On 12 June 1993 The London-based newspaper The Sun dropped its cover price from 25p to 20p, claiming that this would help its readers in the recession. The Daily Mirror responded quickly, cutting its price for a single day to 10p, in an attempt to maintain circulation at the expense of lost revenue.
The resulting increased circulation of The Sun was no surprise for the tabloid market. However, how would the circulation of the quality papers be affected by a similar strategy?
It has always been felt that broadsheets are price insensitive and therefore that a similar strategy adopted by a broadsheet publication would be of no benefit: branding was too strong. However, Peter Stothard, editor of The Times, had begun to disagree, feeling that readers did have brand loyalty but were also very much interested in value for money. A drop in price, he felt, could enhance a publication’s value for money and therefore on 6 September 1993 the price of The Times dropped from 45p to 30p.
Media analysts were unconvinced, maintaining that any resulting increased circulation would not offset the decreased revenue, hence losses are the obvious result: CU200,000 for The Times and CU700,000 for The Sun per week (estimated). Analysts struggled to work out the rationale behind increased circulation bids.
One justification was that it was needed to combat the overall decline in the newspaper market – a 20% fall over the previous thirty years according to leading accountants. The worst affected by this decline had been the tabloids. Another argument was that it was done in order to affect Mirror Group Newspapers adversely during the sale of 55% of its shares in September.
Whatever the reason, the worry was that the price of The Sun would rise again and when it did the success or failure of the strategy would be shown by how many of the new readers (300,000) were retained. As the tabloid market is price sensitive, the signs were not good.
The outlook for The Times was slightly different: city analysts felt that a cut in price was necessary as the paper was on a downward spiral, having lost its previous image. The price cut, they felt, was there to stay: it was envisaged that more money would flow in from advertisers due to increased circulation.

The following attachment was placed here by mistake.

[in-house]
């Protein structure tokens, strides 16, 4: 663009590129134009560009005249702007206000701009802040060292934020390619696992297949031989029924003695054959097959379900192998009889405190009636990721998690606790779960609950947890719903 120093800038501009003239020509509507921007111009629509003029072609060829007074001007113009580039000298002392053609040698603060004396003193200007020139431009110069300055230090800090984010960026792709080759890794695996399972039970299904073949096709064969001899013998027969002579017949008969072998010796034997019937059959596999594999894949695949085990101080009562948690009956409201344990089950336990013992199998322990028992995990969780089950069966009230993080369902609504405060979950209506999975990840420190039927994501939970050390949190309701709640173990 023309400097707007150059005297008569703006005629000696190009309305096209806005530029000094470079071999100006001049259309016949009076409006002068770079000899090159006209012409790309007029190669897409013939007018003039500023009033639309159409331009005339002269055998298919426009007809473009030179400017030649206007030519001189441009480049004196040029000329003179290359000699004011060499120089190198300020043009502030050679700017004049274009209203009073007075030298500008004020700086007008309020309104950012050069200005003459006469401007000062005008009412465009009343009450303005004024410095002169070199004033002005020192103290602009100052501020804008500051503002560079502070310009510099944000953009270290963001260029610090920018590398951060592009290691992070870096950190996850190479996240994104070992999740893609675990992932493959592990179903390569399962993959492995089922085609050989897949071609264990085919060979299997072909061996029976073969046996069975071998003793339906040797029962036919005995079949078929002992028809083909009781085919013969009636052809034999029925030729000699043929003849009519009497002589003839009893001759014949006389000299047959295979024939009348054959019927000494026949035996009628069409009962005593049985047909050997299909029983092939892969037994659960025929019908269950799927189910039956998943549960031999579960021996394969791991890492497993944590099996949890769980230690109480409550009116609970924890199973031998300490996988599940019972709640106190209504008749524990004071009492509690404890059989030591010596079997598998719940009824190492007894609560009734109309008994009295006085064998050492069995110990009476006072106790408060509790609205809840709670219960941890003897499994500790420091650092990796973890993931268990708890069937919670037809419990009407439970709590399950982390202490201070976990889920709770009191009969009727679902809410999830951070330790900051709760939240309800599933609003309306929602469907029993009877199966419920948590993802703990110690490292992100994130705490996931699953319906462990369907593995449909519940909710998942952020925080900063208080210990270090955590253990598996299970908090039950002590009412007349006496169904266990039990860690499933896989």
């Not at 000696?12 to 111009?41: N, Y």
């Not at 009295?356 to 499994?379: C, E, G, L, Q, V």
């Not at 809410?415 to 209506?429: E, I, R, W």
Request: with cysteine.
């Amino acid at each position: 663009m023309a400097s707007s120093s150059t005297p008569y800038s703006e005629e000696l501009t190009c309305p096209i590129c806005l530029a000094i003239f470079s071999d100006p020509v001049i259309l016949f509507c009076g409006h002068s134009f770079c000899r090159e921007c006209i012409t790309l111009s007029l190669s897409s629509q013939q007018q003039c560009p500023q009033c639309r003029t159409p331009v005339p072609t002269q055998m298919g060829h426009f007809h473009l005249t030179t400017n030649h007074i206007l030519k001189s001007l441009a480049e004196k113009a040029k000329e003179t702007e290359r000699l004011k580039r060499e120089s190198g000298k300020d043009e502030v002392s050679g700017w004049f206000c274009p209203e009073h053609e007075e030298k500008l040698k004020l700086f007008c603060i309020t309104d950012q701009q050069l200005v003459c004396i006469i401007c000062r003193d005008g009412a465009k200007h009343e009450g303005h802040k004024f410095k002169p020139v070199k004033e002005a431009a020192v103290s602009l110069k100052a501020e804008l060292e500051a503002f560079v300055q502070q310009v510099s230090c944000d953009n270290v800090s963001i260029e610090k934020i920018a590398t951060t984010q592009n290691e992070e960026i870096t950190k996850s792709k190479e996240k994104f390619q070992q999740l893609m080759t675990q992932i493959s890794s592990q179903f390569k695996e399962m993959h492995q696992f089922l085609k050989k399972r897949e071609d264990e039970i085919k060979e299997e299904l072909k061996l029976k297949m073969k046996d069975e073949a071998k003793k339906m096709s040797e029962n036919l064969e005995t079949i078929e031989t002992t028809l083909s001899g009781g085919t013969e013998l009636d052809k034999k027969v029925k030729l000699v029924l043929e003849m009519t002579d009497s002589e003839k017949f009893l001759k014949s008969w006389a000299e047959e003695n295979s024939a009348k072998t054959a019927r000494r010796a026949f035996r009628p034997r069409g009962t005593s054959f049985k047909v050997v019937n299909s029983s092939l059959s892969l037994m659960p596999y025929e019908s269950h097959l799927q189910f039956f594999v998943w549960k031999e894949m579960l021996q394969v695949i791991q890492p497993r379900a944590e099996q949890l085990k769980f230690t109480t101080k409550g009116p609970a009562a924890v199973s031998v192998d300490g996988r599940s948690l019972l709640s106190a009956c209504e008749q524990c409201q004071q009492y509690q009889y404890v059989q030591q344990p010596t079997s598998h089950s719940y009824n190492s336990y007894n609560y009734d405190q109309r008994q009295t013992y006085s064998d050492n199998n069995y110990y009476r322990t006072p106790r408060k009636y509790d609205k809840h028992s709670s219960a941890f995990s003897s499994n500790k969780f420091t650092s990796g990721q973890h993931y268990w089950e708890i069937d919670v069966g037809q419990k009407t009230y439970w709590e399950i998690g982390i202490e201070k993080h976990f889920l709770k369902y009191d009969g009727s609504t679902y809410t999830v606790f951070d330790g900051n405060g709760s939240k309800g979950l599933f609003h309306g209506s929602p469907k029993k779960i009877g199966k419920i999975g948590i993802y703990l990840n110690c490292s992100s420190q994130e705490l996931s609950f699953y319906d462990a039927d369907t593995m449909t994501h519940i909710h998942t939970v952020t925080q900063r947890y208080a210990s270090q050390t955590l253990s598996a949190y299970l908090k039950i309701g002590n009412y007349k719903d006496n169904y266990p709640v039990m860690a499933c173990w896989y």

Advertising was a major concern for newspapers in the recession: a typical tabloid received 20% of its revenues from circulation, with the rest coming from advertising. Broadsheets, on the other hand, had a 50:50 split.
The total split on advertising spend had changed dramatically in the previous decade.
The initial reaction to this was to increase newspaper prices but obviously this had limited effect, hence the cuts by News International. Rupert Murdoch, it was felt, could sustain initial losses from profits elsewhere: his competitors would not be able to do so.
In 1993 The Daily Telegraph remained number one in the UK broadsheet market, its revenue declining by only 1% compared with the previous year. This was achieved by a series of promotions including discounted holidays, as well as by its readers showing remarkable loyalty and an unwillingness to move.
The circulation of The Guardian had fallen by 5.6% and its market position had been affected as The Times overtook it in the race for second position. However, the paper still remained popular. The Independent, however, had been hardest hit. It was felt that the strategy of The Times could potentially squeeze it out of the market. If this were to be the result The Times was sure to benefit. The situation appeared to be mirroring the experience of the London Daily News a few years previously when it was driven out of business by the Evening News. Indeed, The Times would benefit both from increased circulation and increased advertising revenue if The Independent were to be terminated.
However, The Independent was struggling before The Times cut its price. Its circulation had declined significantly since 1988 (20%) and it had been perceived as being ‘weak’ due to the lack of colour photographs. Although this was corrected it meant that the price of The Independent had to be increased to compensate. This 5p rise was unfortunate, since it was implemented a matter of weeks after the reduction by The Times.
The Independent panicked and contacted the Office of Fair Trading, claiming that the price cut by The Times amounted to predatory pricing and that this was not allowed. This complaint was not upheld: it would have to be proved that the cut was aimed solely at The Independent and this would have been difficult to establish.
Furthermore, The Independent was not one of the financially strongest companies, having made a loss approaching CU500,000 in the previous year. A takeover appeared to be a logical next step as The Independent did have a small niche in the market. However, whoever bought it would have to overcome the recent batterings which had left it with an image problem.
If newspapers had been allowed to expand into TV, then the competitive picture would have changed completely.
The environmental factors that affected the newspaper industry, using the following headings.
(a) Political and Economic
The factors in the surrounding environment obviously played a significant part in the state of the newspaper industry at that time. They were largely external and as such outside the control of the individual newspaper companies, resulting in a reactive approach by the companies to such factors.
(a) Political and economic factors
One the major factors that influenced the industry was the recession. The industry had and still has two main sources of income – revenue from individual sales coupled with revenue from advertising.